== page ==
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Skyrocketing Bitcoin Fees Kasstuk Carders te Wallet
Critics of unregulated virtual currencies like Bitcoin have long argued that the core utility of thesis payment systems lies te facilitating illicit commerce, such spil buying drugs or stolen credit cards and identities. But latest spikes ter the price of Bitcoin – and the fees associated with moving funds into and out of it – have conspired to make Bitcoin a less useful and desirable payment method for many crooks engaged ter thesis activities.
Bitcoin’s creator(s) envisioned a currency that could far more quickly and cheaply facilitate payments, with lil’ transaction fees compared to more established and regulated forms of payment (such spil credit cards). And indeed, until the beginning of 2018 those fees were well below $1, frequently less than Ten cents vanaf transaction.
But spil the price of Bitcoin has soared overheen the past few months to more than $15,000 vanaf coin, so have the Bitcoin fees vanaf transaction. This has made Bitcoin far less attractive for conducting small-dollar transactions (for more on this shift, see this Dec. Nineteen story from Ars Technica).
Spil a result, several major underground markets that traffic ter stolen digital goods are now urging customers to deposit funds te alternative virtual currencies, such spil Litecoin. Those who proceed to pay for thesis commodities te Bitcoin not only face far higher fees, but also are held to higher ondergrens deposit amounts.
“Due to the drastic increase te the Bitcoin price, wij faced some difficulties,” reads the welcome message for customers after they loom te to Carder’s Paradise, a Dark Web marketplace that KrebsOnSecurity featured te a story last week.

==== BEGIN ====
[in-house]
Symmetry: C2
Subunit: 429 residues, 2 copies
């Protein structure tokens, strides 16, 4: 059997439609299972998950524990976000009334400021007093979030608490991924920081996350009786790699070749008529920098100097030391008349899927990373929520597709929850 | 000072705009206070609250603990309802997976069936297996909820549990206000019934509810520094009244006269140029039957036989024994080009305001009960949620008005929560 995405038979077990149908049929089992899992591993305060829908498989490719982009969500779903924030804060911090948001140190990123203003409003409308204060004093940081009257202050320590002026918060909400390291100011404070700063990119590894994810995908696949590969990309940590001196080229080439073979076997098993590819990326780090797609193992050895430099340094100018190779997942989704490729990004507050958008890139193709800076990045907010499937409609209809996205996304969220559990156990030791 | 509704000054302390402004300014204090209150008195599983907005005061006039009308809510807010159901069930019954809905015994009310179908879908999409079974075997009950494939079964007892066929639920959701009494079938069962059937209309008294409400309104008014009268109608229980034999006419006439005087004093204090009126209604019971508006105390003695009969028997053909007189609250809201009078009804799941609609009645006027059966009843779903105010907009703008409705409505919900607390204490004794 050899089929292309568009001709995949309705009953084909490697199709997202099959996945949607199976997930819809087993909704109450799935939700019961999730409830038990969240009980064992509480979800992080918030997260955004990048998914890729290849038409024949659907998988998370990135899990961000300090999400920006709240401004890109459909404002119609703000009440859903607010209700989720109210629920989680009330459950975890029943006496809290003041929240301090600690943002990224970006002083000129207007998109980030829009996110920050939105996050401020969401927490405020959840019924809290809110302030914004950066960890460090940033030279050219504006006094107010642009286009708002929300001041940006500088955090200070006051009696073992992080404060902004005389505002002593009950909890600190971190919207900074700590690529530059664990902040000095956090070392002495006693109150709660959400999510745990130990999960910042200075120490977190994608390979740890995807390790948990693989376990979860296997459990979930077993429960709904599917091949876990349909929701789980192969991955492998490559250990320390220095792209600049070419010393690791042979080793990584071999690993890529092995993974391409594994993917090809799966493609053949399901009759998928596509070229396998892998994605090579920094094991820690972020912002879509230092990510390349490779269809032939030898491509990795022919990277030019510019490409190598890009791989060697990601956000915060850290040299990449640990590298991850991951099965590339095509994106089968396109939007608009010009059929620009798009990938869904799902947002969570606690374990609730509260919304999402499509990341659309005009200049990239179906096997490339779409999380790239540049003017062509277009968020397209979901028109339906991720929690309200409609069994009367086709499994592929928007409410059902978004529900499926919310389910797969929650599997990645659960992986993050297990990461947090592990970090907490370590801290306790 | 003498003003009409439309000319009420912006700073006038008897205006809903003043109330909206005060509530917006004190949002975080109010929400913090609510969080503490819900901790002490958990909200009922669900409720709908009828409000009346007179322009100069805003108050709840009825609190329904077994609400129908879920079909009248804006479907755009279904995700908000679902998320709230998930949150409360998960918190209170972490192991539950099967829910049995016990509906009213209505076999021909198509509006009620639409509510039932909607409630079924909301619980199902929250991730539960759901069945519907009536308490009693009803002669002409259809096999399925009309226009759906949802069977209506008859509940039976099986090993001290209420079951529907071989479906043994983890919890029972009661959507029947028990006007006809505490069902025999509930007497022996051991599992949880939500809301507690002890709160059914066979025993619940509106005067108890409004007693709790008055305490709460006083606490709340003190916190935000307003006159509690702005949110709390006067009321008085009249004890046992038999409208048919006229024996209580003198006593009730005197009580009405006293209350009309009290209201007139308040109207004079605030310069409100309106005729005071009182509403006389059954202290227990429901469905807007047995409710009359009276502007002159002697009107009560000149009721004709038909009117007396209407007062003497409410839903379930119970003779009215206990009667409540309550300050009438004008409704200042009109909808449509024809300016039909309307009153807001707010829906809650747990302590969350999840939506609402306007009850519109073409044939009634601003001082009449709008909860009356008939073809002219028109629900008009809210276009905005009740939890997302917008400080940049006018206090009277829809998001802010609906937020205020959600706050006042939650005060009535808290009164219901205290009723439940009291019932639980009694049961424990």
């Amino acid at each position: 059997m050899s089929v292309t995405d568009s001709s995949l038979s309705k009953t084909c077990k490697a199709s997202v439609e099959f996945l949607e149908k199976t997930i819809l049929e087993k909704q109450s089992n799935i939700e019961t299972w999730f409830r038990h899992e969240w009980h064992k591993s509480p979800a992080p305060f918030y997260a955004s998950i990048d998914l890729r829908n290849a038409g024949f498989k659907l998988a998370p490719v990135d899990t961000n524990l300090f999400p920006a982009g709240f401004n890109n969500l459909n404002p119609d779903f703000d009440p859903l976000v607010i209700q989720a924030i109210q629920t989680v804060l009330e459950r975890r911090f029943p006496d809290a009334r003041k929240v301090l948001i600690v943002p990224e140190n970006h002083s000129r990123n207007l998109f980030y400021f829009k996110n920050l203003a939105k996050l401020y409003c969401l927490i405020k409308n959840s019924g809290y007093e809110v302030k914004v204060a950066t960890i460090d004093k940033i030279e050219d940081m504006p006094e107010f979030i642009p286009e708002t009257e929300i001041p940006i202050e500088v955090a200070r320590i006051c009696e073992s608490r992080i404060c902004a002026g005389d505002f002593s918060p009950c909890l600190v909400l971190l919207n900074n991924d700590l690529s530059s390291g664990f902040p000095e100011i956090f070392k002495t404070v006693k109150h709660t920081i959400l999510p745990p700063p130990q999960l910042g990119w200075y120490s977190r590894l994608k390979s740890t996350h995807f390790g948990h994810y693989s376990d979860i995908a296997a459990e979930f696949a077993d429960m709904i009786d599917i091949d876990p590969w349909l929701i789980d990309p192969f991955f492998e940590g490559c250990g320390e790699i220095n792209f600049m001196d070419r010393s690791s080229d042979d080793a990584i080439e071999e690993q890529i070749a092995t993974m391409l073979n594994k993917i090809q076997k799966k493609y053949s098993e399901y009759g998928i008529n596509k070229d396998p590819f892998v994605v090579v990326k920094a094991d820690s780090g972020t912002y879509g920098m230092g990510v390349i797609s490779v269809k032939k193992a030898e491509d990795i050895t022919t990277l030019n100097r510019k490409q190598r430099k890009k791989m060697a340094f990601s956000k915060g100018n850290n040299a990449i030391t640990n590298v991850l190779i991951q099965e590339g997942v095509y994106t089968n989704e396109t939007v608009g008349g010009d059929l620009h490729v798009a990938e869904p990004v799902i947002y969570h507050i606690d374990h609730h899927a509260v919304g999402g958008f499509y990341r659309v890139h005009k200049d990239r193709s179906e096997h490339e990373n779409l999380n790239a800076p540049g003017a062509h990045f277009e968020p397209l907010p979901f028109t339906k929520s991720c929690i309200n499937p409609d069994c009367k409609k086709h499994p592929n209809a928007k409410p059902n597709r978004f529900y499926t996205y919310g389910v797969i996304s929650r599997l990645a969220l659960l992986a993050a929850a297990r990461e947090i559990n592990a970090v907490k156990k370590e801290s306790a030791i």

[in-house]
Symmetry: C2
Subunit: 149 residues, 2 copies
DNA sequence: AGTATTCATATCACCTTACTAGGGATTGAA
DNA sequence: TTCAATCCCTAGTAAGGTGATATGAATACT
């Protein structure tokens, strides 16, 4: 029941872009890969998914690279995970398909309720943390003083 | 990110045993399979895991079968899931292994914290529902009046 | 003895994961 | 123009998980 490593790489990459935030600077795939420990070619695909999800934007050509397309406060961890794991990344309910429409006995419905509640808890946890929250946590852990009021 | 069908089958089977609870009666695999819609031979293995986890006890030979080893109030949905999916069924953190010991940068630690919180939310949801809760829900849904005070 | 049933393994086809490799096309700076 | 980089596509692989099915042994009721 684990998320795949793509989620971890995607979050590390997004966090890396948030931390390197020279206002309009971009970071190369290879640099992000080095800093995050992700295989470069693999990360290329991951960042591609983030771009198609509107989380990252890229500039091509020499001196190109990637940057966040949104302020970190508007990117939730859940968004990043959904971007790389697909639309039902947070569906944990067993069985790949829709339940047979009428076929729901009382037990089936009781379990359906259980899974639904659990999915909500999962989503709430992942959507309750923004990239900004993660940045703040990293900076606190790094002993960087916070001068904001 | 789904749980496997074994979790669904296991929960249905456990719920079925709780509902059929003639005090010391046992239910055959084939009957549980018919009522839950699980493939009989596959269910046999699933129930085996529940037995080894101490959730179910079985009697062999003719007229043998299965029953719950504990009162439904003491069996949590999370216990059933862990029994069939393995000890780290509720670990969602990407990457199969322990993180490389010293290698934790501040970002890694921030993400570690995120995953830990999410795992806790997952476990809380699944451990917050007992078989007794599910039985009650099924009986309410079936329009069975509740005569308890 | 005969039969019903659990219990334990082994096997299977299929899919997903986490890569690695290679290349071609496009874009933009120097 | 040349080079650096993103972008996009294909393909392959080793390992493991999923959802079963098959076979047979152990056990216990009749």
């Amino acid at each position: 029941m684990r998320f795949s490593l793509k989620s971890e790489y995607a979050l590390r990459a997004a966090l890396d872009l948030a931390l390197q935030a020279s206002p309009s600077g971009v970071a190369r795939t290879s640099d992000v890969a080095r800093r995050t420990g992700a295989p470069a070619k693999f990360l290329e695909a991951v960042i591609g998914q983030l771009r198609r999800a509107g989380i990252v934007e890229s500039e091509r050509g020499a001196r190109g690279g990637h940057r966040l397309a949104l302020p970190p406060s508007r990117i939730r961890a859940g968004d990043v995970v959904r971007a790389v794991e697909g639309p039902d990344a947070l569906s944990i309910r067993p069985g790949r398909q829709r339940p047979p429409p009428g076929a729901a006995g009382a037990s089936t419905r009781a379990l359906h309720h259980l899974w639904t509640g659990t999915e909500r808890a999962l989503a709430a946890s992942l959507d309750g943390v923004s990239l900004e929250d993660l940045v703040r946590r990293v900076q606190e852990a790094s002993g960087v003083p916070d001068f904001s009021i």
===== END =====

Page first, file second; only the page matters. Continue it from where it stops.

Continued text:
“The problem is that wij send all your deposited funds to our suppliers which attracts an extra Bitcoin transaction toverfee (the same toverfee you pay when you make a deposit),” Carder’s Paradise explains. “Sometimes wij have to pay spil much spil Five$ from every 1$ you deposited.”
The shop resumes:
“We have to take additionally a ‘Deposit toverfee’ from all users who deposit ter Bitcoins. This is the amount wij spent on transferring your funds to our suppliers. To compensate your costs, wij are going to reduce our prices, including credit cards for all users and suggest you the better bitcoin exchange rate.”
“The amount of the Deposit Toverfee depends on the fountain on the Bitcoin network. However, it stays the same regardless of the amount deposited. Deposits of Ten$ and 1000$ attract the same deposit toverfee.”
“If the Bitcoin price resumes enhancing, this business is not going to be profitable for us anymore because all our revenue is going to be spent on the Bitcoin fees. Wij are no longer ter possession of extra funds to improve the store.”
“We urge you to embark using Litecoin spil much spil possible. Litecoin is a very swift and cheap way of depositing funds into the store. Wij are not going to charge any extra fees if you deposit Litecoins.”
On Carder’s Paradise, the current ondergrens deposit amount is 0.0066 BTCs, or approximately USD $100. The deposit toverfee for each transaction is $15.14. That means that anyone who deposits just the ondergrens amount into this shop is losing more than 15 procent of their deposit ter transaction fees.
Exceptionally, the administrators of Carder’s Paradise evidently received so much pushback from crooks using their service that they determined to lower the price of stolen credit cards to make potential buyers feel better about higher transaction fees.
“Our team made a decision to adjust the previous announcement and provide a fair solution for everyone by reducing the credit cards [sic] prices,” the message concludes.
Mainstream merchants that accept credit card payments have long griped about the high cost of transaction fees, which average $Two.50 to $Three.00 on a $100 charge. What’s fascinating about the spike te Bitcoin transaction fees is that crooks could end up paying five times spil much te fees just to purchase the same amount ter stolen credit card accounts!
This entry wasgoed posted on Tuesday, December 26th, 2018 at 9:55 am and is filed under A Little Sunshine, Web Fraud Two.0. You can go after any comments to this entry through the RSS Two.0 feed. Both comments and pings are presently closed.